Alford at ease heading into season

This time a year ago was a time of transition, not only for Mario Alford but for most of the receivers on the West Virginia football team.

With the losses of Tavon Austin, Stedman Bailey and JD Woods from the year before, the Mountaineers had lost a large majority of the production they got the year before, players like Alford were expected to do a lot more than expected in their first seasons.

But it took time for the junior college transfer to get adjusted to this level of football, and he struggled in his role at inside receiver - where many thought the speedy playmaker could take on a similar role Austin had excelled in so much - catching just a handful of passes in the first eight games before eventually getting passed up on the depth chart and moved back out to the outside receiver positions. That was when he broke out, catching 18 passes for 450 yards down the stretch during the last four games.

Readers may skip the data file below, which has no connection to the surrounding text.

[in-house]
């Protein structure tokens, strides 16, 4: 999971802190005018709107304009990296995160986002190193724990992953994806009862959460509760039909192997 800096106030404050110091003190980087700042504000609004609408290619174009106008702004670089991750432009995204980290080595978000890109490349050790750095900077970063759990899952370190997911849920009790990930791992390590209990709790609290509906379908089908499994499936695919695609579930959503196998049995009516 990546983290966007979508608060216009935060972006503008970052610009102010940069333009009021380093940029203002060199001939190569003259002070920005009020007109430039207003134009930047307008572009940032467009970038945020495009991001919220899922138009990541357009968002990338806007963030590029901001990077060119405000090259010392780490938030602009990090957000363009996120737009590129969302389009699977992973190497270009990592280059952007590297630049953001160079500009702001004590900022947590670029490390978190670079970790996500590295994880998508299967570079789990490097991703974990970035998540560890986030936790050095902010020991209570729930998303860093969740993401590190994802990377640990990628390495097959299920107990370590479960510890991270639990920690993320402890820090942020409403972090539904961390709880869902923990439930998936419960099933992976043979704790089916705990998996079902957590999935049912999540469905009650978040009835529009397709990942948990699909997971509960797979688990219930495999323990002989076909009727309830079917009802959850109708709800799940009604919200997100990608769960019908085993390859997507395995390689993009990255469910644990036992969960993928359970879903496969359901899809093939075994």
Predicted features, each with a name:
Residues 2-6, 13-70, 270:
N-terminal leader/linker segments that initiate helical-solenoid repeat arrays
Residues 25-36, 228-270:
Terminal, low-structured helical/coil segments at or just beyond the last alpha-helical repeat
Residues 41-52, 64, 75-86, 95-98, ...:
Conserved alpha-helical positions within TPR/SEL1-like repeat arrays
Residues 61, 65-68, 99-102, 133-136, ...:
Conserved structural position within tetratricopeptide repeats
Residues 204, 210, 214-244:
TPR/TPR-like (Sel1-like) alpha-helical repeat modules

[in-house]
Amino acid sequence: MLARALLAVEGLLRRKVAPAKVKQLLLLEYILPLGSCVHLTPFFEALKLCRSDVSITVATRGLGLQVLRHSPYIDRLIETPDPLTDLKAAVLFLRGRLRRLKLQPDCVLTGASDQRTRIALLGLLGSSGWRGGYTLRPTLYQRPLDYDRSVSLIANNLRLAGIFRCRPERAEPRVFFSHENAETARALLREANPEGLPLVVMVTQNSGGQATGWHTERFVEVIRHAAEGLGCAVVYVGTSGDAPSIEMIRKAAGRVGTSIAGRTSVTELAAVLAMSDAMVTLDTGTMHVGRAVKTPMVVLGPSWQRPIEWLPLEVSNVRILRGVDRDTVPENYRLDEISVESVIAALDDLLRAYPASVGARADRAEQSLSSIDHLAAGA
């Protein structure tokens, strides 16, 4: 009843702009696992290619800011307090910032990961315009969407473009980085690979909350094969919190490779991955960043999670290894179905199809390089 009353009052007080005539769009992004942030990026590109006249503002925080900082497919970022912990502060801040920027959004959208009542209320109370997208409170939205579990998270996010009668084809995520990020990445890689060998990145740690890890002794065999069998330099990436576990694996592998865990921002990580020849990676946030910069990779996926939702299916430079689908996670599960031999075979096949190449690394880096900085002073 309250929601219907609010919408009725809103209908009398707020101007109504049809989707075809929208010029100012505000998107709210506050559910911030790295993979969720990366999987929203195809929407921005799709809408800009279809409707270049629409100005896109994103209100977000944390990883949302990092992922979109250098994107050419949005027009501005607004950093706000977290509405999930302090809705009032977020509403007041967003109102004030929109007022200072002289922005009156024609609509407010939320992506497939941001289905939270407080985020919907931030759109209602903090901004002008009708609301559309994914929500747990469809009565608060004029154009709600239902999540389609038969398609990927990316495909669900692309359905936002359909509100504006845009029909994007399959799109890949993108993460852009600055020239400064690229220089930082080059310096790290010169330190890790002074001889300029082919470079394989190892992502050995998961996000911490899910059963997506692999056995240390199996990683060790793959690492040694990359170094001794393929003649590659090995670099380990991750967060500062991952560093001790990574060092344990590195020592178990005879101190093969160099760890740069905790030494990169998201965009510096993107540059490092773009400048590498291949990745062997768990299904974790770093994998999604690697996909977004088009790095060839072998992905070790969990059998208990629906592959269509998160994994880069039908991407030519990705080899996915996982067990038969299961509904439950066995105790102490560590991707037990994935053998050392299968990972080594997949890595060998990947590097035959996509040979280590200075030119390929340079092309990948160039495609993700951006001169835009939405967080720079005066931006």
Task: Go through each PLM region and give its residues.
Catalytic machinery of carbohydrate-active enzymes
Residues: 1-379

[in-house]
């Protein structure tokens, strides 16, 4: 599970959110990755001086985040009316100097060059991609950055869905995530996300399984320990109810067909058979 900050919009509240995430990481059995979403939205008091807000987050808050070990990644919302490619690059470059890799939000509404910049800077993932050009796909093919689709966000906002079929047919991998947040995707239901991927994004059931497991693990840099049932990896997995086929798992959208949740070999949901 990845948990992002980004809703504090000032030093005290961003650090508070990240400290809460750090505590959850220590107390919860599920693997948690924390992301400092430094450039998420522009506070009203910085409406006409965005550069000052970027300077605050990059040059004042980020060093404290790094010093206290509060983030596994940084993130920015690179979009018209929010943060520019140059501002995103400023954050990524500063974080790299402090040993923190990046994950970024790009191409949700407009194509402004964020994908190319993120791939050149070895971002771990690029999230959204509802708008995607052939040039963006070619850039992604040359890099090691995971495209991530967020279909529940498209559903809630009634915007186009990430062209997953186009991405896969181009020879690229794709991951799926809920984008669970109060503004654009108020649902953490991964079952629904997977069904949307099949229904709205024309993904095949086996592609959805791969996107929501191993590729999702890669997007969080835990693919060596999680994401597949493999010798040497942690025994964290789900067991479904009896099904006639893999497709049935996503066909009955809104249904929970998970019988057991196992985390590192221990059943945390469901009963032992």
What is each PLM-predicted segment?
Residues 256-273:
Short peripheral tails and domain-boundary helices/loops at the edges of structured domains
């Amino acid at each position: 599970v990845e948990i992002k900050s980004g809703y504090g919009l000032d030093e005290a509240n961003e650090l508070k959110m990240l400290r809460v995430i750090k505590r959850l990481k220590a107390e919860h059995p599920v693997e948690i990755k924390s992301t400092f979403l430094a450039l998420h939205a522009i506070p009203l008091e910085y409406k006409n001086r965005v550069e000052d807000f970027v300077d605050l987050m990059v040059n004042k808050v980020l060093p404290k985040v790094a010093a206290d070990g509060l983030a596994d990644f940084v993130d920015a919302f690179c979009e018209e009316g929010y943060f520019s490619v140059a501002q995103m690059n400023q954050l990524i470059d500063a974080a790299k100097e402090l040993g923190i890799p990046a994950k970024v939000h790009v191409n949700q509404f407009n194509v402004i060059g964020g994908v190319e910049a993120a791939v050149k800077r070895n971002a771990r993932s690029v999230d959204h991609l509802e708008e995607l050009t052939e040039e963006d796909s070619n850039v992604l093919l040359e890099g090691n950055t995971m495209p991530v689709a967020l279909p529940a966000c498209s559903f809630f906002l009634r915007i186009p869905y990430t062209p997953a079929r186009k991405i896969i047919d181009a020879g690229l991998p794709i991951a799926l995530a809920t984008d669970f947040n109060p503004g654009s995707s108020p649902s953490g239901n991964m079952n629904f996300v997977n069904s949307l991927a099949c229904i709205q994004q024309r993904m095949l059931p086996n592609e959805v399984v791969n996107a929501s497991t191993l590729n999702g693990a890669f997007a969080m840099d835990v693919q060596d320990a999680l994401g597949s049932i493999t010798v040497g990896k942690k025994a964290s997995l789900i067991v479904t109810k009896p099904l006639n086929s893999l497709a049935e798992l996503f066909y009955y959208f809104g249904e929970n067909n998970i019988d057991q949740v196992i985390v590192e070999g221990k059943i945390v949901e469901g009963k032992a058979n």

Now, he's ready to carry it over into his final season.

"The last four games, that was great," Alford said. "Now I just to boost that up. I'm just going to ball out this year."

Wide receivers coach Lonnie Galloway said that for players like Alford and Kevin White who come to major college football programs from junior colleges, they usually have all the tools to be successful physically, but the mental adjustment is what takes time to figure out most of the time. That was the case with Alford during his junior campaign.

"If you can get a JC guy in the spring, it's great but we got him in the summer," Galloway said of Alford's arrival a year ago.

"So you only got 29 days of practice before the first game and then you've got to be rolling."

Understanding and feeling comfortable at the position he's playing has contributed to the success Alford has had preparing for his final season. Knowing he's going to be slotted in at an outside receiver position and having that late-season success to build off of has made him work even harder.

"It makes me feel a lot more comfortable because I can work on my game at that spot. I've been working on fade routes and coming out of my breaks," Alford said. "I just needed to work on my craft a lot and staying out there has made it easier to get comfortable."


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